Conditional Formatting In Excel 2007

In Microsoft Excel, Conditional Formatting is a technique to format cells based on one or more rules.Conditional Formatting helps you visually explore and analyze data collected in an Excel worksheet, detect critical issues and identify trends, patterns and exceptions.Conditional Formatting in Excel 2007 is a lot more improved and it is now possible to specify any number of rules for a cell or range of cells.

How To Apply Conditional Formatting in Excel 2007?

  • Select the cell or the relevant range of cells to be formatted
  • On the Home tab Click “Conditional Formatting“.
  • Choose Highlight Cells rules, select the appropriate rule and specify the condition for formatting the chosen cell or range of cells. For eg., to format the cells that are greater than a specified value, choose Greater Than, specify the value and the fill color.

How to specify custom rules for conditional formatting in Excel 2007?

To specify a custom rule,

  • Select the cell or the relevant range of cells to be formatted
  • On the Home tab Click “Conditional Formatting“.
  • Choose New Rule, select a rule type and edit the rule description.

To specify another rule for the same range of cells, repeat the above steps.

How to manage conditional formatting rules in an Excel 2007 workbook?

One can create, edit, delete, and view all conditional formatting rules in the workbook by using the Conditional Formatting Rules Manager dialog box. On the Home tab, in the Styles group, click the arrow next to Conditional Formatting, and then click Manage Rules. Against Show Formatting rule for, choose the worksheet whose rules you want to manipulate. All relevant rules for the worksheet are lists. These rules are evaluated in order of precedence.

Conditional Formatting in Excel

A rule higher in the list has greater precedence than a rule lower in the list. By default, new rules are always added to the top of the list and therefore have a higher precedence, but you can change the order of precedence by using the Move Up and Move Down arrows in the dialog box.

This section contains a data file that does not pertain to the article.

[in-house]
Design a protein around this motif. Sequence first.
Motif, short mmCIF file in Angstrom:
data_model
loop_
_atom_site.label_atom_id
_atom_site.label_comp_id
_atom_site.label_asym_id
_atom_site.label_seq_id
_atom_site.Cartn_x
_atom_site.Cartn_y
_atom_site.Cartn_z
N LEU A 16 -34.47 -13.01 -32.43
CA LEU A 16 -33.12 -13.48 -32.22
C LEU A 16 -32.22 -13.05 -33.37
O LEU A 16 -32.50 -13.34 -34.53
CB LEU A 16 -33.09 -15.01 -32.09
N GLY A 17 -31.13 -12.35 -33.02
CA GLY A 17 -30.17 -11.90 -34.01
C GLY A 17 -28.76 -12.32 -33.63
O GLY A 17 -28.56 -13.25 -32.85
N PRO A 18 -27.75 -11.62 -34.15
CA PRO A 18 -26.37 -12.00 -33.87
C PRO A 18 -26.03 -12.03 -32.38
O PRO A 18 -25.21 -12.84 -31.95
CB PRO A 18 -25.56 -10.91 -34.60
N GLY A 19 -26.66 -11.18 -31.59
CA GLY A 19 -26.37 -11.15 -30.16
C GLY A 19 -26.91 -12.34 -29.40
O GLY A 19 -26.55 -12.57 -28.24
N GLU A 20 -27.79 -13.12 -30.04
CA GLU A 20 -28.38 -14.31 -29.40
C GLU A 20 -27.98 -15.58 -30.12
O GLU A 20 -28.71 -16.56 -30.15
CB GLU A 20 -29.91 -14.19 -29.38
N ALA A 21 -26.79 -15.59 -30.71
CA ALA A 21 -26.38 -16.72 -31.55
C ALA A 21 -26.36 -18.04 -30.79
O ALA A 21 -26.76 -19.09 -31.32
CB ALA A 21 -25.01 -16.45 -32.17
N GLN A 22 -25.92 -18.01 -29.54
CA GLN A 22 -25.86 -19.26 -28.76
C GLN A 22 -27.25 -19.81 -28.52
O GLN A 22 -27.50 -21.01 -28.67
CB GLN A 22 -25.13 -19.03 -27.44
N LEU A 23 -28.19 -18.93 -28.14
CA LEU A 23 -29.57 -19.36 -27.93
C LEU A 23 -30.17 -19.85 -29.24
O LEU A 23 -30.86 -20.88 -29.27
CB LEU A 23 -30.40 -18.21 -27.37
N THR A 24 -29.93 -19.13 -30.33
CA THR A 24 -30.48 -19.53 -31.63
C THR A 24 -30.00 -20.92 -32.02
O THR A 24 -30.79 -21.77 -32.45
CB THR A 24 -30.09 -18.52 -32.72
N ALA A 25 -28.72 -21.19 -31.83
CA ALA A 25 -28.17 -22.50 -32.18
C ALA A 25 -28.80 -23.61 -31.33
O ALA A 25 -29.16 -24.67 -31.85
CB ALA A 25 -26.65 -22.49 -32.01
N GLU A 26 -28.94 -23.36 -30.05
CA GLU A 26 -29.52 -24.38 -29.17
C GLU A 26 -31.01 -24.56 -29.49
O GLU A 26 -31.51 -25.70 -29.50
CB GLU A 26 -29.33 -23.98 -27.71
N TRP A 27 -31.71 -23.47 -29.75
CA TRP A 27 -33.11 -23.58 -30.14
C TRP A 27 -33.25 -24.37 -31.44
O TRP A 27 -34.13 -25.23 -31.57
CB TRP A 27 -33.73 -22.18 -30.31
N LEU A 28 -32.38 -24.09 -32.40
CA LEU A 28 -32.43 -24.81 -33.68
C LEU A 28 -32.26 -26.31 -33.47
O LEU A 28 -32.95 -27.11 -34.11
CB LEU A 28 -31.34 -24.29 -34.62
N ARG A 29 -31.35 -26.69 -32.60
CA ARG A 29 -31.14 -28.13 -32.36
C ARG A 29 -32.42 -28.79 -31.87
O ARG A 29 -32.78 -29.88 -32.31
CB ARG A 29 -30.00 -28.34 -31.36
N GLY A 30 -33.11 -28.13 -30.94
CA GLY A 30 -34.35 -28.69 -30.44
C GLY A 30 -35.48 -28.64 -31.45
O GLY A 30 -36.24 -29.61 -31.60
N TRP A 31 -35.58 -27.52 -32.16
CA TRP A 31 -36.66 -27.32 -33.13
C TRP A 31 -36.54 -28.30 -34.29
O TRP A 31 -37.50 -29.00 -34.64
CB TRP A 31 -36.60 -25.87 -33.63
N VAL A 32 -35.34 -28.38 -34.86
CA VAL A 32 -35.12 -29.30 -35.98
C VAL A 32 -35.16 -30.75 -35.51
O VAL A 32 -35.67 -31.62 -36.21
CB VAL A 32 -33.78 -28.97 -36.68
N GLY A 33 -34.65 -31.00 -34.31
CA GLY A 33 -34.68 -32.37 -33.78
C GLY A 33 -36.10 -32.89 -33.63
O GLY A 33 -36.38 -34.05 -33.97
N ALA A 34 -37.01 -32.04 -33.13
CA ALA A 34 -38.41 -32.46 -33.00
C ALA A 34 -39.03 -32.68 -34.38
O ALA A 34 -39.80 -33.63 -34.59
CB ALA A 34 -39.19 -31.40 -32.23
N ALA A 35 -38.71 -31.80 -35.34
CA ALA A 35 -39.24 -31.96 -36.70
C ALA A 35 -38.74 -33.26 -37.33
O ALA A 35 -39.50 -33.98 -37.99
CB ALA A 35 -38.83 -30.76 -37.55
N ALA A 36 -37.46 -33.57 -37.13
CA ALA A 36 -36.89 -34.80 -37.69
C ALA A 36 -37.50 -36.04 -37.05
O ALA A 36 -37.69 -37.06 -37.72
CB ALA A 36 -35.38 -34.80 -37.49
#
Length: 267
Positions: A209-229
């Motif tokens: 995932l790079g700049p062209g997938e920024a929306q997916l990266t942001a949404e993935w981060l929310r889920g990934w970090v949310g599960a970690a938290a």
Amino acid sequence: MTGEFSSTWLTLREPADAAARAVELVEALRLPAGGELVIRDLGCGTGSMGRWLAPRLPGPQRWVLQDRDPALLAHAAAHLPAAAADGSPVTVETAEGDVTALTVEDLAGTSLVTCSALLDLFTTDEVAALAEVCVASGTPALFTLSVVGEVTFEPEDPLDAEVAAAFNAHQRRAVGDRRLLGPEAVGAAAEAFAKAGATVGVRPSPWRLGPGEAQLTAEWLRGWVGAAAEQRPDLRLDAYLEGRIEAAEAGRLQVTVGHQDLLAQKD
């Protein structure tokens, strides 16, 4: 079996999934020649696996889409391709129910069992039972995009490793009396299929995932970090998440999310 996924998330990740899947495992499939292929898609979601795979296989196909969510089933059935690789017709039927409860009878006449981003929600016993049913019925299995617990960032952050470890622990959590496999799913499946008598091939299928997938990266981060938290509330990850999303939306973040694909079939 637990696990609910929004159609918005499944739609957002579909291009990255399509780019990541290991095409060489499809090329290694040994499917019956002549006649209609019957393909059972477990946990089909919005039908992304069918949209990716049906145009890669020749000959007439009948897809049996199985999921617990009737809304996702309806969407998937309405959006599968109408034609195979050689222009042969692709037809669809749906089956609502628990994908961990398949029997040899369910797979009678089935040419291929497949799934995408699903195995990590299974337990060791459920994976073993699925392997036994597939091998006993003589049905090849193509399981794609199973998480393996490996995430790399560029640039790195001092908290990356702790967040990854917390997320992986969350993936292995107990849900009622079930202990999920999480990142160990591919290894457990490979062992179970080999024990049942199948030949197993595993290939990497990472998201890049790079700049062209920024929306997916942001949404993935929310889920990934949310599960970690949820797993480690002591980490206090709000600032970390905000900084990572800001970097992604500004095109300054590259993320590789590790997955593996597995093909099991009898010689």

When two or more conditional formatting rules apply to a range of cells, you can have more than one conditional formatting rule that evaluates to true. In this scenarios, the rules may either conflict or may not conflict.

When rules don’t conflict – For example, if one rule formats a cell with a bold font and another rule formats the same cell with a green color, the cell is formatted with both a bold font and a green color. Because there is no conflict between the two formats, both rules are applied.

When rules conflict – For example, one rule sets a cell font color to green and another rule sets a cell font color to blue. Because the two rules are in conflict, only one can apply. The rule that is applied is the one that is higher in precedence.

How to Use Stop If True check box for Conditional formatting in Excel 2007?

Stop If True check box is used to control when conditional formatting rules’ evaluation stop.For backwards compatibility, you can select the Stop If True check box in the Manage Rules dialog box to simulate how conditional formatting might appear in earlier versions of Microsoft Office Excel that do not support more than three conditional formatting rules, or multiple rules applied to the same range.

For example, if you have more than three conditional formatting rules for a range of cells, Excel 2003 or any version earlier than MS Excel 2007:

  • Only evaluates the first three rules.
  • Applies the first rule in precedence that is true.
  • Ignores rules lower in precedence if they are true.

You can select or clear the Stop If True check box to change the default behavior:

  • To evaluate only the first rule, select the Stop If True check box for the first rule.
  • To evaluate only the first and second rules, select the Stop If True check box for the second rule.
  • To evaluate only the first, second, and third rules, select the Stop If True check box for the third rule.

But it must be noted that you cannot select or clear the Stop If True check box if the rule formats by using a data bar, color scale, or icon set.

Enjoy formatting cells with Conditional formatting in Excel 2007.

2 comments on “Conditional Formatting In Excel 2007
  1. I have added a conditional format rule that reads c$7 + 2 then format cell green colour.
    I have 3 other conditional format rules ( 0,=1,-1) that also color the cell.

    the new format is in ” ” in the rules section and doesn’t seem to operate. The other 3 all work fine.
    Any ideas what I am doing wrong?

  2. My bad – I was saving in 2003 format so it couldn’t take the 4th rule.

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